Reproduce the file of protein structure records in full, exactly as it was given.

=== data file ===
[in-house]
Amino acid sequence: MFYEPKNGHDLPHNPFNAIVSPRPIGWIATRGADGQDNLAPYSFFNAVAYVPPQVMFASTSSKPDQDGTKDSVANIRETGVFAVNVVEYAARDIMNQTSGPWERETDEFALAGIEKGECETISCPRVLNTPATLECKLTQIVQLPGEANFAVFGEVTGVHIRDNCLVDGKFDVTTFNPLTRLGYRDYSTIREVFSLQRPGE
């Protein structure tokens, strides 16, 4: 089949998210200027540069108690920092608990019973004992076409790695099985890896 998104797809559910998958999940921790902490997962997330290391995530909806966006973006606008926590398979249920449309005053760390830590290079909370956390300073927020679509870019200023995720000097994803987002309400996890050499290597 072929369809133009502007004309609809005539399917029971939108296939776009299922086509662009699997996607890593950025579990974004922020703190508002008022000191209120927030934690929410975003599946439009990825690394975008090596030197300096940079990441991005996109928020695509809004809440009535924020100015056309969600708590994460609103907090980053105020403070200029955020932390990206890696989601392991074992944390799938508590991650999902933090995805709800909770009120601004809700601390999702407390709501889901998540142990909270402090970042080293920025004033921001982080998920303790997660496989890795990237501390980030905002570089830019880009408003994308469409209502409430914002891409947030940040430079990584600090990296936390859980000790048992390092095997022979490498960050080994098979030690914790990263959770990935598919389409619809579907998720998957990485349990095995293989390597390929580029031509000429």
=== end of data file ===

[in-house]
Amino acid sequence: MFYEPKNGHDLPHNPFNAIVSPRPIGWIATRGADGQDNLAPYSFFNAVAYVPPQVMFASTSSKPDQDGTKDSVANIRETGVFAVNVVEYAARDIMNQTSGPWERETDEFALAGIEKGECETISCPRVLNTPATLECKLTQIVQLPGEANFAVFGEVTGVHIRDNCLVDGKFDVTTFNPLTRLGYRDYSTIREVFSLQRPGE
């Protein structure tokens, strides 16, 4: 089949998210200027540069108690920092608990019973004992076409790695099985890896 998104797809559910998958999940921790902490997962997330290391995530909806966006973006606008926590398979249920449309005053760390830590290079909370956390300073927020679509870019200023995720000097994803987002309400996890050499290597 072929369809133009502007004309609809005539399917029971939108296939776009299922086509662009699997996607890593950025579990974004922020703190508002008022000191209120927030934690929410975003599946439009990825690394975008090596030197300096940079990441991005996109928020695509809004809440009535924020100015056309969600708590994460609103907090980053105020403070200029955020932390990206890696989601392991074992944390799938508590991650999902933090995805709800909770009120601004809700601390999702407390709501889901998540142990909270402090970042080293920025004033921001982080998920303790997660496989890795990237501390980030905002570089830019880009408003994308469409209502409430914002891409947030940040430079990584600090990296936390859980000790048992390092095997022979490498960050080994098979030690914790990263959770990935598919389409619809579907998720998957990485349990095995293989390597390929580029031509000429």